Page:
Ensure proper functionality of the read-only mode by thoroughly testing and closely monitoring the website during the migration and maintenance process. This step is crucial to identify any issues or unexpected behavior that may arise when the site is in read-only mode.

Here are three important tasks to consider during testing and monitoring:

  • Test user interactions: Simulate various user actions, such as submitting forms, commenting, and registering, to ensure that these functionalities are disabled as intended in the read-only mode.
  • Monitor website performance: Keep a close eye on the website’s performance metrics, such as page load times and server response times, to ensure that the read-only mode doesn’t negatively impact the user experience.
  • Check plugin compatibility: Test the compatibility of any plugins used on the WordPress site with the read-only mode. Some plugins may not function correctly when the site is in read-only mode, so it’s important to identify and address any compatibility issues.

Verify Functionality of New Server and Enable User Interactions

After migrating your WordPress site to a new server, it’s essential to verify the functionality of the new server and enable user interactions.

To do this, first, ensure that the maintenance mode or read-only mode is disabled on the new server. This will allow users to access and interact with your WordPress site.

Test various user interactions such as logging in, registering, commenting, and submitting forms to ensure that they’re functioning correctly. Additionally, check if database writes are working properly by creating, editing, or deleting content.

It’s crucial to update any hardcoded URLs or configurations that reference the old server to avoid any potential issues.

Once you have confirmed that the new server is functioning correctly and user interactions are enabled, communicate the successful migration to users and remove any read-only status messages for a seamless user experience.

Frequently Asked Questions

How Do I Make WordPress Read Only?

To make WordPress read-only, you need to take a few steps.

First, back up your database and files for safety.

Then, display a custom message indicating the read-only status on each page of the old server.

You can use plugins or code to disable user-initiated database writes and temporarily disable user registration and commenting.

Consider redirecting users to a static version of the site during migration.

Plan ahead, test thoroughly, and monitor closely.

Once the migration is complete, enable user interactions and remove the read-only status message.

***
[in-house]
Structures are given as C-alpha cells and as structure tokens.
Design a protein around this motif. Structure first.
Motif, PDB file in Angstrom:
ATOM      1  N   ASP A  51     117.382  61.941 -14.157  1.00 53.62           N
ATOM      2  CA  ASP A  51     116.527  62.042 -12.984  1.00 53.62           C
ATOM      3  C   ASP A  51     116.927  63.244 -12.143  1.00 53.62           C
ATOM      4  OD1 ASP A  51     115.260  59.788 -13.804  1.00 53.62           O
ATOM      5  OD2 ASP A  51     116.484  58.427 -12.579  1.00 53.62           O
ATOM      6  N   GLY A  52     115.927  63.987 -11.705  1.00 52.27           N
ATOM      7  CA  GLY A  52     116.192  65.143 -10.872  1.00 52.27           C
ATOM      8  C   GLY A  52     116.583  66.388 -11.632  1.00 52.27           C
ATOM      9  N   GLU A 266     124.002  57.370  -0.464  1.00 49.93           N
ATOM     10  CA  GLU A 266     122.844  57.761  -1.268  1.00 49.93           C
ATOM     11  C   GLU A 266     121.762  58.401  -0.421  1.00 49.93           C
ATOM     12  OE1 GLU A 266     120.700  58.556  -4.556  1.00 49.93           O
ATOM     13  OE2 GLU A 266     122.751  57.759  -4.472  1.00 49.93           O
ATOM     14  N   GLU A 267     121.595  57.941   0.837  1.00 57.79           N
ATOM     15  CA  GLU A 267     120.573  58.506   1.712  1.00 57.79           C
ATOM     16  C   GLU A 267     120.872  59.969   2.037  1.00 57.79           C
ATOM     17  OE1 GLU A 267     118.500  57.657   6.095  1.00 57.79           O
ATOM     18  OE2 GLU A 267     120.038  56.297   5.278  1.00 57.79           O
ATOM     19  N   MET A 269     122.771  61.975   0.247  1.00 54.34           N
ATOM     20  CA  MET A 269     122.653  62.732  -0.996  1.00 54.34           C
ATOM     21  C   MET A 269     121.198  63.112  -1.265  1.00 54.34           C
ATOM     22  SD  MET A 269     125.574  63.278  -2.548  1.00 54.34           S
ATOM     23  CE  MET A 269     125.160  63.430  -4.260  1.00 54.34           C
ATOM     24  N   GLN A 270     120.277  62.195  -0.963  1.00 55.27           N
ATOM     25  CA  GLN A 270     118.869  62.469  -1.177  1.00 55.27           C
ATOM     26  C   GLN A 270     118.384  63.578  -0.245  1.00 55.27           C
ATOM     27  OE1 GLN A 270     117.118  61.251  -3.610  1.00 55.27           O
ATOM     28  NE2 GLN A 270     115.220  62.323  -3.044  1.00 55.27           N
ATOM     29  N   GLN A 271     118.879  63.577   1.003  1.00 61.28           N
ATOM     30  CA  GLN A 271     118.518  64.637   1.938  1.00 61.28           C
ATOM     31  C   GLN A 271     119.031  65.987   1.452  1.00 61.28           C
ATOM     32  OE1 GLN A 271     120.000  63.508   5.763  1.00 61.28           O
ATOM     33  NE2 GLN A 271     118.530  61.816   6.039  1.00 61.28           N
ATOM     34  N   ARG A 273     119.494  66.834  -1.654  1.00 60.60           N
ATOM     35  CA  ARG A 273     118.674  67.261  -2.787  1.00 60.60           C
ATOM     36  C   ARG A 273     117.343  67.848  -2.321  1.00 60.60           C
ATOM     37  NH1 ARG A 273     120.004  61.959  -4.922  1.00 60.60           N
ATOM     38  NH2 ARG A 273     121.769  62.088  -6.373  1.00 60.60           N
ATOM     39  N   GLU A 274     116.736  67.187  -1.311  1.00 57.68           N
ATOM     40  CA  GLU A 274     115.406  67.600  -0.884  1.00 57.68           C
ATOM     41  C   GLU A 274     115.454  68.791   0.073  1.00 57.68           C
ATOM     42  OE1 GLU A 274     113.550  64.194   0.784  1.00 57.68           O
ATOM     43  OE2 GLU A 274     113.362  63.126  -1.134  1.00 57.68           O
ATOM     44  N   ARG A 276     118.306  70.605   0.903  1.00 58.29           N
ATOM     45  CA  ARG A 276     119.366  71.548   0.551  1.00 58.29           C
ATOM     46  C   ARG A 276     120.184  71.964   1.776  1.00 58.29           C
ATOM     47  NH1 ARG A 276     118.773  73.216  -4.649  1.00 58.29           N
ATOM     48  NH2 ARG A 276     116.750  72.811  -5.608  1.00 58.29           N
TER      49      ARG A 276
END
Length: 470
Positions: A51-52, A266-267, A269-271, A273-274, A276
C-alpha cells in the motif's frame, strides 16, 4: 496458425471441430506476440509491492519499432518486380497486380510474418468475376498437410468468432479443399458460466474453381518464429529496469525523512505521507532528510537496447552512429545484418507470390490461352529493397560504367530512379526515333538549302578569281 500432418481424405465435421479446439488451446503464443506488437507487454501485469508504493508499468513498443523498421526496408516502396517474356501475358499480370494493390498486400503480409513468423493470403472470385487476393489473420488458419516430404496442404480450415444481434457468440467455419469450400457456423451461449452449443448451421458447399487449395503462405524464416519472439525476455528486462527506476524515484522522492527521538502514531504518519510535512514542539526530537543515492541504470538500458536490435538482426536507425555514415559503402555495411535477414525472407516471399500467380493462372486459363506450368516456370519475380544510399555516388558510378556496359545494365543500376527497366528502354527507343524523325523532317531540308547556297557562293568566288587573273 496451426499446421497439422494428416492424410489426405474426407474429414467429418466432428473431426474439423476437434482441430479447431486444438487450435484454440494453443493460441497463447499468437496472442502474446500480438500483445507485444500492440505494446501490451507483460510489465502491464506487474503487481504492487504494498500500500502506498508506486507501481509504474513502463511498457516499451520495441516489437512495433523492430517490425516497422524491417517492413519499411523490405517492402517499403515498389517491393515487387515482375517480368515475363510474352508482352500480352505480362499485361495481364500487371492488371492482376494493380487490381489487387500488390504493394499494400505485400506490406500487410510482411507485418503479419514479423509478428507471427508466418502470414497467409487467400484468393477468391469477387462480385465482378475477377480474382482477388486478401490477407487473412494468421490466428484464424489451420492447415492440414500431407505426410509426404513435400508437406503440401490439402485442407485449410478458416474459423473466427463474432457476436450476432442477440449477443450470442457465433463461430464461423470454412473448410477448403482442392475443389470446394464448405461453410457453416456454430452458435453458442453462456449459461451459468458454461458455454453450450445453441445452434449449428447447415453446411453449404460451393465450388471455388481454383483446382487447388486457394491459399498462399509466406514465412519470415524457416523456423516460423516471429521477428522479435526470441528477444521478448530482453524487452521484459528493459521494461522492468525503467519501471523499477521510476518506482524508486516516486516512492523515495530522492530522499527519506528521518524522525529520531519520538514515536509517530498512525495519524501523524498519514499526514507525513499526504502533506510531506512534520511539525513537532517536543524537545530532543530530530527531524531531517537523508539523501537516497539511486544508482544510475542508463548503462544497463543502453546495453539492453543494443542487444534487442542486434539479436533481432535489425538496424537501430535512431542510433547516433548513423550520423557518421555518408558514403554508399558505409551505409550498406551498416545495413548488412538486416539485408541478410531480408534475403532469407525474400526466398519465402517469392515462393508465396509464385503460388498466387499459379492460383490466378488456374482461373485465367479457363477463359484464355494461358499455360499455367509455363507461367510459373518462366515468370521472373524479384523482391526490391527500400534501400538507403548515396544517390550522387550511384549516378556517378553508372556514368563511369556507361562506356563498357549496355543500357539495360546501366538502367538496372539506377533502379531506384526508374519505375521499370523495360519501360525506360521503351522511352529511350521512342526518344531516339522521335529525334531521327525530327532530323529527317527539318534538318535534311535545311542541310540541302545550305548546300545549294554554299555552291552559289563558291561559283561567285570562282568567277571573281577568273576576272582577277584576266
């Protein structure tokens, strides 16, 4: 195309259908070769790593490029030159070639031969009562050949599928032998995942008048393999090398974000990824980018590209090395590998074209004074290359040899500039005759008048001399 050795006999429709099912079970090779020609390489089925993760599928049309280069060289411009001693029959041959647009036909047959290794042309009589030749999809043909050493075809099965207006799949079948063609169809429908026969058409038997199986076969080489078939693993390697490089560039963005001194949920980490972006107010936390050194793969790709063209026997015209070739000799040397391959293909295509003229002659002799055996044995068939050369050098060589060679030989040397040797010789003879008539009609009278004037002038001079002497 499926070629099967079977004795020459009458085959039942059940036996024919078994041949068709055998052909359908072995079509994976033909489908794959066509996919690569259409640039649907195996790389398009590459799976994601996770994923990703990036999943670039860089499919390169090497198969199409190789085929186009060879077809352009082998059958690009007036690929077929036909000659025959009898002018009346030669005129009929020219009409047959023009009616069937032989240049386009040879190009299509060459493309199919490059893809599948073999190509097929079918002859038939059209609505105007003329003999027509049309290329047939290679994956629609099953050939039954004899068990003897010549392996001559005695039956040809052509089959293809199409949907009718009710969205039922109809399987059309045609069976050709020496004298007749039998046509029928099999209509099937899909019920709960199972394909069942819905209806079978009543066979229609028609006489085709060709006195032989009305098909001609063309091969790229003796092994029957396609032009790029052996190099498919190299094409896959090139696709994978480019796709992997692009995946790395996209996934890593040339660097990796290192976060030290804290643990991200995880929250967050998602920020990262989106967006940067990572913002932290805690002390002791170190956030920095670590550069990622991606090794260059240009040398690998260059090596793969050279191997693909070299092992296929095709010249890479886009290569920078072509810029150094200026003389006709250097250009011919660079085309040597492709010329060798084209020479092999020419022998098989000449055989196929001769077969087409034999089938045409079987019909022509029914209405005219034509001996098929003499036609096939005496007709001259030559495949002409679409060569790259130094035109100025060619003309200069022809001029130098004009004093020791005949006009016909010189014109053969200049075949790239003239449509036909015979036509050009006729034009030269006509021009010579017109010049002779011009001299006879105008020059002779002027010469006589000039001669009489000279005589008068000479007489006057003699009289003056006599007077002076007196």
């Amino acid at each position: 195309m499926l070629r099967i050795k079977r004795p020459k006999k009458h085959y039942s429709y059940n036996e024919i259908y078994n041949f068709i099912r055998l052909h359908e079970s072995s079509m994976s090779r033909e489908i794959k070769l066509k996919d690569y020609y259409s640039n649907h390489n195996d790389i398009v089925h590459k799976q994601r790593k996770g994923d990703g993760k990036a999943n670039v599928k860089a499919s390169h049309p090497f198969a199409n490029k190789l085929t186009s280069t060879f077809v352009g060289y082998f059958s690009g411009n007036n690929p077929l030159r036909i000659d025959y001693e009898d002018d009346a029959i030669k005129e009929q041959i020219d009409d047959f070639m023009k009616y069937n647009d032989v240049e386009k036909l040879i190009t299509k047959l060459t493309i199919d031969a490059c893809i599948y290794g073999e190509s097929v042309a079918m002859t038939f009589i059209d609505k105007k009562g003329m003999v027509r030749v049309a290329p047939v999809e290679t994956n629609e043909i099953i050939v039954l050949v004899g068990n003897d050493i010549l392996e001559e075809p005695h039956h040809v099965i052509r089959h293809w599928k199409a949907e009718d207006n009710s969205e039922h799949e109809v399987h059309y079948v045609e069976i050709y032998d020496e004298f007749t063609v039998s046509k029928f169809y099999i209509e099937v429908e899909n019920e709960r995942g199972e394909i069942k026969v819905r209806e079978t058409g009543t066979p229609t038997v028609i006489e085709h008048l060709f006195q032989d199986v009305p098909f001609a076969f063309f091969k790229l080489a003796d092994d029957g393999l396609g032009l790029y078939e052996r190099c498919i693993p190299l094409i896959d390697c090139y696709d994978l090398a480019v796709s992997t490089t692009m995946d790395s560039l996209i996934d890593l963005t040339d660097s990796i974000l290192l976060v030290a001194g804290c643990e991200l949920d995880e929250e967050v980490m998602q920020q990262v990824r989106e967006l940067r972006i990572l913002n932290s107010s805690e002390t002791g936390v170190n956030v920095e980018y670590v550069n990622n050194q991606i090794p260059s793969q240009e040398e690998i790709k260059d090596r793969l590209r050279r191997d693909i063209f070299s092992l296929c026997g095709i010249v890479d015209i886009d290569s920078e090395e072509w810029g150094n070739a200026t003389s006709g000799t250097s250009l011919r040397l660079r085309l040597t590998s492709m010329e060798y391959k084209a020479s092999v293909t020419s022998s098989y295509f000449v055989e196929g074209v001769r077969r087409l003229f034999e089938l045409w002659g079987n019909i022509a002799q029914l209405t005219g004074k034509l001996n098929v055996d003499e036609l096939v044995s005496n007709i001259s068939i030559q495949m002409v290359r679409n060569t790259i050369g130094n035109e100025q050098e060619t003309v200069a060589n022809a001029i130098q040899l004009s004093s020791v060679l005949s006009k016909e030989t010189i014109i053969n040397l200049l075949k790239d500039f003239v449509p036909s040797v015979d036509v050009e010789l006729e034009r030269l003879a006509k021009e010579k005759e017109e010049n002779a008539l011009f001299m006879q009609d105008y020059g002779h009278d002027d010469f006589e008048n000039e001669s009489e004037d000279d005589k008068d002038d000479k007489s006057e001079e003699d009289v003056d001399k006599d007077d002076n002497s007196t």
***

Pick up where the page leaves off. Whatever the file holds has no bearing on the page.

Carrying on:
How Do I Put My WordPress Site in Maintenance Mode?

To put your WordPress site in maintenance mode, you can use plugins like ‘Maintenance Mode’ or ‘Coming Soon Page.’ These plugins allow you to display a custom message to your visitors while you work on your site.

You can also temporarily disable comments and form entries to prevent any user interaction. Remember to test the functionality and monitor your site closely during maintenance.

Once you’re done, simply deactivate the maintenance mode plugin to restore full access to your site.

How Do I Take My WordPress Site Down for Maintenance?

To take your WordPress site down for maintenance, you can follow these steps:

  1. First, make sure you have backups of your files and database.
  2. Implement a custom message on each page to indicate the read-only status.
  3. Disable user-initiated database writes, comments, and user registration features.
  4. Consider redirecting users to a static version of the site.
  5. Test the read-only functionality and make sure everything is working as expected.
  6. Monitor the site during the maintenance period to ensure there are no issues.
  7. Once the maintenance is complete, remove the read-only message and restore the site to its normal state.

Remember to take these precautions every time you need to perform updates or make major changes to your WordPress site. It will help prevent any unwanted modifications and ensure a smooth maintenance process.

How Do I Put WordPress in Maintenance Mode Without Plugins?

To put WordPress in maintenance mode without plugins, you can use the built-in ‘Maintenance Mode’ feature. Simply access your site’s files via FTP, locate the ‘wp-config.php’ file, and add the following code:

define(‘WP_MAINTENANCE_MODE’, true);

This will display a maintenance message to visitors while preventing them from accessing the site’s backend. Remember to remove this code once maintenance is complete.

This method is simple, effective, and doesn’t require any additional plugins.


In conclusion, putting your WordPress website in a read-only mode is crucial during migrations and maintenance to prevent unwanted changes. By following the steps outlined in this article, such as:

  • Backing up your data
  • Implementing a custom message
  • Disabling certain features
  • Redirecting users

You can ensure the safety and security of your site.

Additionally, thorough testing and monitoring are essential to ensure a smooth transition. Once the migration is complete, verifying the functionality of the new server and enabling user interactions is important to revert back to normal.

How can WordPress be put in read-only mode for migrations and maintenance?

Putting WordPress in read-only mode during migrations and maintenance offers several benefits, including minimizing impact on SEO, easier management of database and theme/plugin updates, guaranteeing data integrity, and effective communication strategies. This can be achieved by locking user accounts using the Lock User Account plugin, customizing error messages for locked users, disabling comments and contact forms to prevent data loss, and creating attractive maintenance pages with the SeedProd Page Builder. Following these steps helps ensure a smooth website management experience, safeguarding data and content while providing a seamless experience for visitors.